The problem is we’re cheering Joel on the warpath in the same way we would an action hero. If it’s a response that’s meant to make us feel uncomfortable, that’s not made abundantly clear. Maybe David was a little too good at being the bad guy – and the show sure did need a ‘win’ after weeks of unrelenting bleakness – but that satisfaction of Joel channeling Liam Neeson in Taken is a little out of step with everything that’s come before it.

'When We Are in Need' concludes in a blaze of fire and fury. Having found out David’s people-eating secret and rejecting his plea to be together, Ellie escapes, kills James, and eventually slaughters David as a building burns around them. While some of the impact of Ellie’s outburst is negated by her effectively killing someone already in Kansas City, it marks another loss of innocence for Bella Ramsey’s teenager on the show. 

The cold shoulder

Troy Baker as James in The Last of Us

(Image credit: HBO)

In truth, this episode feels like the first real victim of trying to expand on the game(s) while simultaneously squeezing everything into an arbitrary episode count. Take David and James’s dynamic: there’s history there, but much of it is relegated to barbed veils and uncertain looks. David is also the sort of figure you needed more time with to help the twisted impact of his true desires land when the other shoe – or should that be foot, given his flesh-eating proclivities – drops.

For the first time, the final 15 minutes is lessened by it being, effectively, a remake of the original 2013 video game. While there’s nothing inherently wrong with a 1:1 adaptation, it all felt a little by-the-numbers and crammed in when there was definitely more story to tell.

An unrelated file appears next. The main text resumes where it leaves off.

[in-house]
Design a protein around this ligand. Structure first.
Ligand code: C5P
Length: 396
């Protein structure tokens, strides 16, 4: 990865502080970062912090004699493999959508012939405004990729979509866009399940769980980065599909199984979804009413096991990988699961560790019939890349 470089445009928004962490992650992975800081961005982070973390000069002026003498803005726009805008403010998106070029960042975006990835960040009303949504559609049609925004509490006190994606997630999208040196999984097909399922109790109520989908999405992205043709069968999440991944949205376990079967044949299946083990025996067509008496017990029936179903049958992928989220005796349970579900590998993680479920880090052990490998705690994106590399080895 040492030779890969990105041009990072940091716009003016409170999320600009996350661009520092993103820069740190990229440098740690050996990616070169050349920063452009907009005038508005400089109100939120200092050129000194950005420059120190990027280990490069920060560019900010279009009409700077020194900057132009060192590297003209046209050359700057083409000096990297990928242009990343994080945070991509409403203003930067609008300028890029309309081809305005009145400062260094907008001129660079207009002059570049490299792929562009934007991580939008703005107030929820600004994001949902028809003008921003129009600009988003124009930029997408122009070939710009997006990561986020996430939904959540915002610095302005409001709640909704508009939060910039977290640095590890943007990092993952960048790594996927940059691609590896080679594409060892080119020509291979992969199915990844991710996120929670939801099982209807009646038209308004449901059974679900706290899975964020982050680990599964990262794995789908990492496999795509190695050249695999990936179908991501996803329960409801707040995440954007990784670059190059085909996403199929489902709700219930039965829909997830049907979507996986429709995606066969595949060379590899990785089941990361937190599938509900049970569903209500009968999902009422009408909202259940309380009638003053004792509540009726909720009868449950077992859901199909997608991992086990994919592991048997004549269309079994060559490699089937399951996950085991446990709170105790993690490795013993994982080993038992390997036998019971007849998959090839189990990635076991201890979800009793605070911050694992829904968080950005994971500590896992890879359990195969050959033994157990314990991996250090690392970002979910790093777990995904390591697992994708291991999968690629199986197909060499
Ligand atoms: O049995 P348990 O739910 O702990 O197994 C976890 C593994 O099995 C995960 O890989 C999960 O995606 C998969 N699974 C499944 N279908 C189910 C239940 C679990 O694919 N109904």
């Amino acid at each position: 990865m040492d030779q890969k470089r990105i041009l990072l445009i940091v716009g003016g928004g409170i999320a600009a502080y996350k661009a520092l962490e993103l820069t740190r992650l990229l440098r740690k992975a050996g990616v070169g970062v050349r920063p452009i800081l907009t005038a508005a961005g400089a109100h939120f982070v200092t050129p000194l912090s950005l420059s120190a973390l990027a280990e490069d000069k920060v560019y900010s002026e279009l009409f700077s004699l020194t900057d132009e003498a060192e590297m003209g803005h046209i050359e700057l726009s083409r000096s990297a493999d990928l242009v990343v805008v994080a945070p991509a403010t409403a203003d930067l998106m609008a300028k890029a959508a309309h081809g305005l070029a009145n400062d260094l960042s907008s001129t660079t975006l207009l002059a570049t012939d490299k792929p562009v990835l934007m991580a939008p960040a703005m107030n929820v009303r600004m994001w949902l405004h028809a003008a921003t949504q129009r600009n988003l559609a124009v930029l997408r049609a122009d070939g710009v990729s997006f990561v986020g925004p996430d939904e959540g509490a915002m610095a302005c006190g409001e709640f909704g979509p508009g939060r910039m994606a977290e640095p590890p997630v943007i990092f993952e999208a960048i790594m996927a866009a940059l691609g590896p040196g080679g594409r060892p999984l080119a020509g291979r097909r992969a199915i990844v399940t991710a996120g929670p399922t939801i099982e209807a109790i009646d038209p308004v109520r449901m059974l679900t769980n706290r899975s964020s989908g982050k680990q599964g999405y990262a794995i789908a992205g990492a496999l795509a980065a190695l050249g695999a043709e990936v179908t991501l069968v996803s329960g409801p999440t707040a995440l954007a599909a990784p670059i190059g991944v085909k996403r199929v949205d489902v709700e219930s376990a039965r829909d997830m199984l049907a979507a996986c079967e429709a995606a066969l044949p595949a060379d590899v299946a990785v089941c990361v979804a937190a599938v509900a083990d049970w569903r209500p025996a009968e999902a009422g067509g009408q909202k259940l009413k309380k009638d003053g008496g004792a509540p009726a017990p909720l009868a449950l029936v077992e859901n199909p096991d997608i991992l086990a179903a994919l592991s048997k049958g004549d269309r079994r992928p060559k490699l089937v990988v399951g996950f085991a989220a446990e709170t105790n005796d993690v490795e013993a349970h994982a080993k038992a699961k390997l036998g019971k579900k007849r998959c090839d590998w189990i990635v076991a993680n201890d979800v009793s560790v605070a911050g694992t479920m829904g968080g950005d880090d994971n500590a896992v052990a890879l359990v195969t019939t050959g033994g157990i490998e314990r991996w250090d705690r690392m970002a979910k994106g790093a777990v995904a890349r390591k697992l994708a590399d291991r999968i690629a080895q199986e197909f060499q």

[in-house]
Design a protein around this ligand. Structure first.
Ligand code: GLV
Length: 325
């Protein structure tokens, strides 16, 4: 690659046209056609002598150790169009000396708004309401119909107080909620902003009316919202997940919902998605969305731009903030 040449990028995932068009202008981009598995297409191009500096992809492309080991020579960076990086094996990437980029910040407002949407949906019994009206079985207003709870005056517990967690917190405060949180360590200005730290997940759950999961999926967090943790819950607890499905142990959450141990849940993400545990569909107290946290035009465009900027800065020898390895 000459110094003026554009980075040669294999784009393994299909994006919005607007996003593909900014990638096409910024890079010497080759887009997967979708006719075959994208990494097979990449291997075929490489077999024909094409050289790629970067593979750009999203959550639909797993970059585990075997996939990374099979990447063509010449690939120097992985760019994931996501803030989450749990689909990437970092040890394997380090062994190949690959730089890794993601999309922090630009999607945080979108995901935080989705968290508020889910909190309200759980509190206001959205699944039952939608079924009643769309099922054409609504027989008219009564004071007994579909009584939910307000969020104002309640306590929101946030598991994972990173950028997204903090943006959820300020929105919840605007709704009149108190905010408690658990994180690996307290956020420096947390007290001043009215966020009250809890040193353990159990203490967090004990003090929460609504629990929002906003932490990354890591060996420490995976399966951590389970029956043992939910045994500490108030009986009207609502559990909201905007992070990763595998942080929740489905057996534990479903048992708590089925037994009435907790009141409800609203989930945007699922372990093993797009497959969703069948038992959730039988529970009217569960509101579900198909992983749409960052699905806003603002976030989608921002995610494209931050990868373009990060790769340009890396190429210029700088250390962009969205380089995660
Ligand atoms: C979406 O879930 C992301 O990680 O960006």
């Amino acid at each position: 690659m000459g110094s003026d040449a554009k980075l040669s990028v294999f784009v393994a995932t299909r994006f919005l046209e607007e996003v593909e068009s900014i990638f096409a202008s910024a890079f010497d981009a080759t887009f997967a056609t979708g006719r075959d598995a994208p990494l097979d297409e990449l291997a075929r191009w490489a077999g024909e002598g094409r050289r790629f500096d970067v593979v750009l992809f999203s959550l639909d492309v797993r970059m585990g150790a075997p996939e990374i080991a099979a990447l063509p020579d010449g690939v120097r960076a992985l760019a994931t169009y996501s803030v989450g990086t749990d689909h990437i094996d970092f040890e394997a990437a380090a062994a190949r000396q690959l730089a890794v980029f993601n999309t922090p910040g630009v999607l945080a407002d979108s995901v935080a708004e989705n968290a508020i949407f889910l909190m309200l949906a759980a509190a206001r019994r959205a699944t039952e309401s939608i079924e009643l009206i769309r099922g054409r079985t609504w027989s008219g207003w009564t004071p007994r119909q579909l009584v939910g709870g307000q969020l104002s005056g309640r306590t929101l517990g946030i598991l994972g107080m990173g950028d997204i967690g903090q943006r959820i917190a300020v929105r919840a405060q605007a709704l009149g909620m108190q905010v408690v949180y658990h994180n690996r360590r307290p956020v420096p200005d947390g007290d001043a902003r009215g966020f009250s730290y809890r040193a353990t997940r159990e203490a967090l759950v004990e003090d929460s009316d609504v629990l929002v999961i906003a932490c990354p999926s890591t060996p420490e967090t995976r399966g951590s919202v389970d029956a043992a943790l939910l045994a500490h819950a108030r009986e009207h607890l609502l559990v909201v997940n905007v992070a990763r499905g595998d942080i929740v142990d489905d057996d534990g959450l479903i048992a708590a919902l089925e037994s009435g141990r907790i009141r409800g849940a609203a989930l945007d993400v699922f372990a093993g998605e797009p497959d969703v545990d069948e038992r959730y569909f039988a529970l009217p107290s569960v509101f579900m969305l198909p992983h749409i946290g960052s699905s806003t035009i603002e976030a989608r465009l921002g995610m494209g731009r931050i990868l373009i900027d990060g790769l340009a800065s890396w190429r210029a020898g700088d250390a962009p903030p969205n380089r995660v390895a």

Still, it’s another sickening twist of the knife from The Last of Us. Ellie has gone through her darkest hour and, though she made it to the other side, she might be forever changed by her chance encounter with David – a villain who deserved a two-parter to really deliver on his full potential.

The Last of Us streams Sundays on HBO and HBO Max and Mondays in the UK on Sky Atlantic and NOW TV. For more from the HBO series, check out our guide to the major Last of Us episode 7 changes from the games and a terrifying look at the Cordyceps fungus. Discover when the next episode is dropping with our Last of Us release schedule

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Bradley Russell

I'm the Senior Entertainment Writer here at GamesRadar+, focusing on news, features, and interviews with some of the biggest names in film and TV. On-site, you'll find me marveling at Marvel and providing analysis and room temperature takes on the newest films, Star Wars and, of course, anime. Outside of GR, I love getting lost in a good 100-hour JRPG, Warzone, and kicking back on the (virtual) field with Football Manager. My work has also been featured in OPM, FourFourTwo, and Game Revolution.